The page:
# Sniff SSL handshake using tshark

How do I get a dump of a SSL handshake in a human readable format using tshark? I need to provide this to a vendor for debugging a failed SSL handshake problem.

This needs to be done in tshark, not wireshark as it's being done on a remote server with no GUI.

Like this.

tshark -nn -i <interface> -s 0 -w mycapture.pcap <hostname> and port <portnumber>


Replace <interface> with the interface name to capture on (e.g., eth0). Replace <hostname> with the name or IP address of the remote host you want to capture packets for. Replace <portnumber> with the port the service is running on (probably 443).

You can also use tcpdump instead. Both Wireshark and tcpdump use libpcap for capturing, so you'll capture the exact same information. You can also copy the resulting file and open it in Wireshark on a different computer.

The command line flags for tcpdump and tshark are close enough that in most cases they can be used interchangeably.

• I find this solution particularly helpful in real-life. Wireshark is great because a GUI is really helpful with complex data like packet traces, and since there's no rule that says you have to analyse the data on the same machine on which it's captured, I do this often. Capture the data on the headless box, with a wide tcpdump statement, then feed it all into wireshark on my desktop for precise analysis later. You will also need the client's SSL key if you want to look inside the packets. – MadHatter Aug 3 '12 at 6:50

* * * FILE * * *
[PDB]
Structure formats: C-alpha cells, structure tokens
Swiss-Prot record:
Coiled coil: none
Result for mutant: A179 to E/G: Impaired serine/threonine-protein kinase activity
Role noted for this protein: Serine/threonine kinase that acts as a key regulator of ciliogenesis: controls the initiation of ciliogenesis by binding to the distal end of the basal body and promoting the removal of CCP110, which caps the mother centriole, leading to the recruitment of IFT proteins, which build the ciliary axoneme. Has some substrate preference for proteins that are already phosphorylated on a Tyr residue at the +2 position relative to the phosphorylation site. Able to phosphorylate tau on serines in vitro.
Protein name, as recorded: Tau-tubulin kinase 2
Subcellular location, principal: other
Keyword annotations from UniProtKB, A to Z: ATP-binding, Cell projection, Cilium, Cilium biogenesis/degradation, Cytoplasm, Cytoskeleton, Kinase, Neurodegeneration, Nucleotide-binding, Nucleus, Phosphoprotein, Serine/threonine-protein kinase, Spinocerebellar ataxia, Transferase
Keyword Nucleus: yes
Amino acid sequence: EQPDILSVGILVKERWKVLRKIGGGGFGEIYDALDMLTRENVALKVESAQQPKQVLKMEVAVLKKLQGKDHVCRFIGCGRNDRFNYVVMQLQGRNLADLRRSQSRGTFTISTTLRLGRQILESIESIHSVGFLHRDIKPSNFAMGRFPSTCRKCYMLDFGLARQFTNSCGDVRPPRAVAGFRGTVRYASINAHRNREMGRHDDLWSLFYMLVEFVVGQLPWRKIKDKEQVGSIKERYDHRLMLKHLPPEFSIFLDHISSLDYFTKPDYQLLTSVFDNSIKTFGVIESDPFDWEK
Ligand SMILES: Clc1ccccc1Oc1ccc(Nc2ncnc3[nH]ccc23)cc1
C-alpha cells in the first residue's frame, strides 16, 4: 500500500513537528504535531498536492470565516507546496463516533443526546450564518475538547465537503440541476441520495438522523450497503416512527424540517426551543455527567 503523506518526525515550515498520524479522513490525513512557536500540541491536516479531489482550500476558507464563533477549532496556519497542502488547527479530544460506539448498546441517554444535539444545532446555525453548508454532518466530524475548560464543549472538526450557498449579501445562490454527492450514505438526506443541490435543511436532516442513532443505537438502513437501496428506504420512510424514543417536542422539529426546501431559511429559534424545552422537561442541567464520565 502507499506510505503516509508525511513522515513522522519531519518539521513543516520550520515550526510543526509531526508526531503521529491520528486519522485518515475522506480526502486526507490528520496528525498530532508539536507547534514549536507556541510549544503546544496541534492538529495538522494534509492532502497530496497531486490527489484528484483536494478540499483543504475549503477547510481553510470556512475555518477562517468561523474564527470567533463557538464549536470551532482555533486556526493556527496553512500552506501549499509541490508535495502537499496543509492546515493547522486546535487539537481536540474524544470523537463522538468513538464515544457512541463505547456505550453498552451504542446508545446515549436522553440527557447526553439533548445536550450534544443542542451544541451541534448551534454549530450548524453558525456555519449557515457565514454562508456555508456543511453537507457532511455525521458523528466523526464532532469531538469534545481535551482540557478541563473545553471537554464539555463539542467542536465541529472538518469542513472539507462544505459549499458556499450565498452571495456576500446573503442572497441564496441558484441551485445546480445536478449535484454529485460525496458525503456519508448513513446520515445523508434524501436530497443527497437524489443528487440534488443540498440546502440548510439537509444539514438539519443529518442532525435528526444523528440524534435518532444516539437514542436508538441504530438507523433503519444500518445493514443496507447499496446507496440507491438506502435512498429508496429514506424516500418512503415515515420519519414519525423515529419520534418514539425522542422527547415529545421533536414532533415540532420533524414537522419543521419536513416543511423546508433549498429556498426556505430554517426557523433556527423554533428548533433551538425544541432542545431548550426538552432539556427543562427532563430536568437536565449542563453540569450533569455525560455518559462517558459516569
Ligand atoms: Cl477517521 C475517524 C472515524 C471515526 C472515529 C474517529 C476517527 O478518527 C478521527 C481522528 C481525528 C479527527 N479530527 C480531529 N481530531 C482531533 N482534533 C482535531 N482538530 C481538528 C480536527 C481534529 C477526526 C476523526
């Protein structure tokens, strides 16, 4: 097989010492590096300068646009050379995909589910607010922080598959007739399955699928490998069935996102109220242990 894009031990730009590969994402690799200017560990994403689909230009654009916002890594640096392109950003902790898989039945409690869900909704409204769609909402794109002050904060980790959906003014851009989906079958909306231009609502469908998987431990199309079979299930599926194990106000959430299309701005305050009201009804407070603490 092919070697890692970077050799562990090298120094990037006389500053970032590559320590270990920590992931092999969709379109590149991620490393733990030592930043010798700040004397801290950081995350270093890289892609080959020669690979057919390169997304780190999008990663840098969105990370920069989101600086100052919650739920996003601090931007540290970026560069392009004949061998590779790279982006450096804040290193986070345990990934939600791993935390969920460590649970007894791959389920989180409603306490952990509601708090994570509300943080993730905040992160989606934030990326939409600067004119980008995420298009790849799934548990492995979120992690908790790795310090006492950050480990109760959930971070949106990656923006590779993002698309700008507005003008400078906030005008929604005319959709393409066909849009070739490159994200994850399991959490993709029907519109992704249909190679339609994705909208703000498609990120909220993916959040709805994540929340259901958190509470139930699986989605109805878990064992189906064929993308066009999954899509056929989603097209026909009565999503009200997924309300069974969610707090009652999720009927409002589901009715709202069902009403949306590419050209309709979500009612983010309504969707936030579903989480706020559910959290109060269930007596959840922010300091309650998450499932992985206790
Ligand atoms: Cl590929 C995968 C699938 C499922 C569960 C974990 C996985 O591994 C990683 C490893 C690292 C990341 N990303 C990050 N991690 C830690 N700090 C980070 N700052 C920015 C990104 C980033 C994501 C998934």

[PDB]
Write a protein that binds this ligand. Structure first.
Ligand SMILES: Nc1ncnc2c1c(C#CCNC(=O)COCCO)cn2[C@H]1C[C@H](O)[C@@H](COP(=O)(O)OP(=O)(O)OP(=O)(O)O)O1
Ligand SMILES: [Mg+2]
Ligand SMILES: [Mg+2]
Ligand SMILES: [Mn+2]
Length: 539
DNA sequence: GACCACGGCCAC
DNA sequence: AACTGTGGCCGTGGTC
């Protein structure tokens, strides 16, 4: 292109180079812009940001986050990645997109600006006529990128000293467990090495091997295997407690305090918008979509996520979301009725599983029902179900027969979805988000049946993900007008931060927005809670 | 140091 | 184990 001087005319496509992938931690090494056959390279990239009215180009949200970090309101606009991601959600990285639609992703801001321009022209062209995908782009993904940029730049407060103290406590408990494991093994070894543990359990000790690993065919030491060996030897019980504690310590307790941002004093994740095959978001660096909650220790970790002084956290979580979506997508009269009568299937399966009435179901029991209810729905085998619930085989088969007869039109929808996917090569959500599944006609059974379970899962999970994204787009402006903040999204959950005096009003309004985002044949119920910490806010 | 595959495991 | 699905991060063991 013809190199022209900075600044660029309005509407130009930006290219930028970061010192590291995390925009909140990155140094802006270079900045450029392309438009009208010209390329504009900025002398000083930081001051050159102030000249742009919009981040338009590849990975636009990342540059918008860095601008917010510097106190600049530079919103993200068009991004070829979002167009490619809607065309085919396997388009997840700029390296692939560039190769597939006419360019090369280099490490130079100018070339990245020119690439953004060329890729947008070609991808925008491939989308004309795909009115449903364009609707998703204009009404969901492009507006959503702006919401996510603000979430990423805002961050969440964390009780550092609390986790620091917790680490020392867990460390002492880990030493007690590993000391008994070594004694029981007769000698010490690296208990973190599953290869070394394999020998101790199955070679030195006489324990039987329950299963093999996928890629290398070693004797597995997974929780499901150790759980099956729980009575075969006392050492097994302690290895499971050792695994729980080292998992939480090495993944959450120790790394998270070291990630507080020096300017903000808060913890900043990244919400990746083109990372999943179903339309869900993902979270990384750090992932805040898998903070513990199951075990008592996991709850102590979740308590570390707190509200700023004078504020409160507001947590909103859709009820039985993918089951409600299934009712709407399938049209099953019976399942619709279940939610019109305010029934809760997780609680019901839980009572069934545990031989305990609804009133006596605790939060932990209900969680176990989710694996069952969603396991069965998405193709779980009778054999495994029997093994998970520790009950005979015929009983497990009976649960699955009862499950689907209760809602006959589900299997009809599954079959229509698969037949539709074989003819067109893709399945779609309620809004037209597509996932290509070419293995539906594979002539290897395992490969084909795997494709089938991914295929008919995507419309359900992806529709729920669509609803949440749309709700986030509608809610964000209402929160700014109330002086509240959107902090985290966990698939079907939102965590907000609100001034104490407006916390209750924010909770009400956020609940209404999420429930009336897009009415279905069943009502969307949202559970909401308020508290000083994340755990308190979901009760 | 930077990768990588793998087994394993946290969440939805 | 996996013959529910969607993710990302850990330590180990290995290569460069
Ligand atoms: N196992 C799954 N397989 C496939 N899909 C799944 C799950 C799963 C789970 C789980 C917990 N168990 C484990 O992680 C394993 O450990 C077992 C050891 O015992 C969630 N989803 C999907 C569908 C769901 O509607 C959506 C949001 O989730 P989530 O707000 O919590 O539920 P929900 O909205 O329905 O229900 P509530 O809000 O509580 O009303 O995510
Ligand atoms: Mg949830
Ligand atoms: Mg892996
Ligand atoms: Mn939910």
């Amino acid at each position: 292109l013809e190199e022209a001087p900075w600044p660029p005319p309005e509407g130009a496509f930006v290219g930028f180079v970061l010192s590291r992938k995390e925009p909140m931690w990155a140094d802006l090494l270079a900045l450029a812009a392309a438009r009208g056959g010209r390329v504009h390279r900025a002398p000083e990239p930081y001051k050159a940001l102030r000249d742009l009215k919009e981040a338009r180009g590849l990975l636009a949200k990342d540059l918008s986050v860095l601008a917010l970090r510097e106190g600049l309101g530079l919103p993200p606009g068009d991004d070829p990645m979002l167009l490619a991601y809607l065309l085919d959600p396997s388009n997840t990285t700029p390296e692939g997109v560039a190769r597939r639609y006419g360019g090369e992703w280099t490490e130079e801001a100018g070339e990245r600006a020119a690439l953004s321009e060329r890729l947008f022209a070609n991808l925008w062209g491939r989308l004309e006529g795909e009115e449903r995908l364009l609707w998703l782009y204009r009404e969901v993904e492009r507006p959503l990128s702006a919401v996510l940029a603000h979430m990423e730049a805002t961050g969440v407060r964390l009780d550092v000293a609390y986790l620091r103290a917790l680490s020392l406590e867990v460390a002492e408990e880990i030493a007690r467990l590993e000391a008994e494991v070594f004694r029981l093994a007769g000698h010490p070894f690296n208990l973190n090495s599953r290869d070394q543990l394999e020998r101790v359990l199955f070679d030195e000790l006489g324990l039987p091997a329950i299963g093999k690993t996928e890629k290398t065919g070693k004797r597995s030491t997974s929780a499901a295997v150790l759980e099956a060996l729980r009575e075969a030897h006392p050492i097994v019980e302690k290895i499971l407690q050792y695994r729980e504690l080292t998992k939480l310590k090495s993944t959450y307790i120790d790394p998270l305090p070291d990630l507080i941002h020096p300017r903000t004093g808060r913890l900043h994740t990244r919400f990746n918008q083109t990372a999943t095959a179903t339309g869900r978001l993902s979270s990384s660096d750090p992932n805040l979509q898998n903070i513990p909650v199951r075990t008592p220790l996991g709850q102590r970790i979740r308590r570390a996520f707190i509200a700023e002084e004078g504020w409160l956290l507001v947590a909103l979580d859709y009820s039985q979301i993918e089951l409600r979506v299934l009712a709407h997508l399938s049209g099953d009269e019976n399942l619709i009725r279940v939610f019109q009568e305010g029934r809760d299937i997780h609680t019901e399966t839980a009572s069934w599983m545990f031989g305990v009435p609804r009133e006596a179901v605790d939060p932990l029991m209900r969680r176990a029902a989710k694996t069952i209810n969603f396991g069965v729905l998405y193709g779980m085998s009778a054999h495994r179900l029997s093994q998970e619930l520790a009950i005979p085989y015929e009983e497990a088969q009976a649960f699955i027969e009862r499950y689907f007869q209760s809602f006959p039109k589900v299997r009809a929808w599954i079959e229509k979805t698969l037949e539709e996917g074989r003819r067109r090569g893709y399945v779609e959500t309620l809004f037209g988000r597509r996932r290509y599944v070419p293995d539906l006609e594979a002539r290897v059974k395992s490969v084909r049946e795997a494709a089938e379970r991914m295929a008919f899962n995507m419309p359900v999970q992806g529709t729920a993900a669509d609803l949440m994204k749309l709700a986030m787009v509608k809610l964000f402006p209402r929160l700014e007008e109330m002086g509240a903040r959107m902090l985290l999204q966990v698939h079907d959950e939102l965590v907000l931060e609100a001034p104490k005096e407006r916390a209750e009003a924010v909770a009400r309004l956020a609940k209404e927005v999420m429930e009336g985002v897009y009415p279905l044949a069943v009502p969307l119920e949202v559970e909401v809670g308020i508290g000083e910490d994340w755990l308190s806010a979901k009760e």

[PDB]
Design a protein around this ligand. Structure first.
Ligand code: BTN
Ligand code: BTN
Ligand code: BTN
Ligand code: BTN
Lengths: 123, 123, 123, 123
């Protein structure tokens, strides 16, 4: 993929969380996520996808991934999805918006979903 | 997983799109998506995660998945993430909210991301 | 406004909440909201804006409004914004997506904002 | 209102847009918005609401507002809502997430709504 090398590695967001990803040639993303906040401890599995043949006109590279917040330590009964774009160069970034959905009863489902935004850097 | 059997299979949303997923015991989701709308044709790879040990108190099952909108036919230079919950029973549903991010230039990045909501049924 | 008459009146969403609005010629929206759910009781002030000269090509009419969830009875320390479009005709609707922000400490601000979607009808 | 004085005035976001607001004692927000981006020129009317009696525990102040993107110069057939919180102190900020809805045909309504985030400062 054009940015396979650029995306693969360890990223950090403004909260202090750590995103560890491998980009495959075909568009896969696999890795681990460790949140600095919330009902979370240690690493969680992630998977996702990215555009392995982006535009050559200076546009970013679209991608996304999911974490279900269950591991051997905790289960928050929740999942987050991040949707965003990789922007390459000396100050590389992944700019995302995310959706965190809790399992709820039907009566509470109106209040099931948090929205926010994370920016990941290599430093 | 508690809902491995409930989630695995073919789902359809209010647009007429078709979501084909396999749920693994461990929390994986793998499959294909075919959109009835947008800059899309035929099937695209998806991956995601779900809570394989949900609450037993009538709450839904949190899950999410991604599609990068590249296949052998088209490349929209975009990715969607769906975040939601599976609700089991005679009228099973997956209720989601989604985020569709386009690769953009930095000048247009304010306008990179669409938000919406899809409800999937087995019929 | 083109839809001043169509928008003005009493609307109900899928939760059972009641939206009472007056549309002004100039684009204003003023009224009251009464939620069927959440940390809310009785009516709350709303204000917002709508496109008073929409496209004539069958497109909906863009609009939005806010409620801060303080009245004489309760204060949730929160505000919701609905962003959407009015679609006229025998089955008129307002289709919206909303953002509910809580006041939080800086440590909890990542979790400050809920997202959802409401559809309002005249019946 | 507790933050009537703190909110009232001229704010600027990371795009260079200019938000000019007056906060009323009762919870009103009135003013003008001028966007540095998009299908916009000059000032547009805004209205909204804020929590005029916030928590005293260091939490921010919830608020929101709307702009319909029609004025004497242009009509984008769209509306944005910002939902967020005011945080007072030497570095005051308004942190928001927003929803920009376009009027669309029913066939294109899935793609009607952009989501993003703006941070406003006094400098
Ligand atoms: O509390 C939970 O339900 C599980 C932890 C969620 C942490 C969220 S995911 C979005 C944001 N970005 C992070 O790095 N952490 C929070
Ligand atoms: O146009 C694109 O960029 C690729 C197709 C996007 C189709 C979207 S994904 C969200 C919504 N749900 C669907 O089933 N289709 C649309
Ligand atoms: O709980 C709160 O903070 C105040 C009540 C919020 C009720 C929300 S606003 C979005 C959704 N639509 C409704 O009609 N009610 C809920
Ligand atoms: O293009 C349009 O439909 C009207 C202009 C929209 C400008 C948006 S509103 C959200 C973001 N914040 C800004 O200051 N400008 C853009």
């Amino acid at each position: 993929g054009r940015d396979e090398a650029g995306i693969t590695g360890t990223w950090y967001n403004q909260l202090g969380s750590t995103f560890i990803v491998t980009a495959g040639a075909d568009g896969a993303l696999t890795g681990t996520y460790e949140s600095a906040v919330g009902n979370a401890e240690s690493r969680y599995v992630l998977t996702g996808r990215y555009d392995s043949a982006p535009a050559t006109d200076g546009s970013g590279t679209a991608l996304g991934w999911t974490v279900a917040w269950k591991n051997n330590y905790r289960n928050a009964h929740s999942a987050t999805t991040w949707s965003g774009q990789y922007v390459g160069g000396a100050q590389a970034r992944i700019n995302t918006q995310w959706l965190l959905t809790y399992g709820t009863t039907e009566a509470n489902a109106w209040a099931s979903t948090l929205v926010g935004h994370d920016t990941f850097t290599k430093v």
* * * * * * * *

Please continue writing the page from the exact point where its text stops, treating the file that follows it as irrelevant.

Assuming you already know how to use filters with tshark, just supply the following display filter:

ssl.handshake.type == 1


If you want all ssl traffic, simply put ssl as the filter.

You cannot use these directly in the capture filters as the capture filtering mechanism doesn't know if the payload is ssl or not.

Alternatively, if you know what port the ssl traffic is going through, you can use a capture filter for that port, eg if the ssl traffic is going on port 443, use filter port 443

tshark -i <interface> -c <no. of packets to capture> -V -R "ssl" > capturefile.txt

tshark -i <interface> -c <no. of packets to capture> -V -f "port 443" > capturefile.txt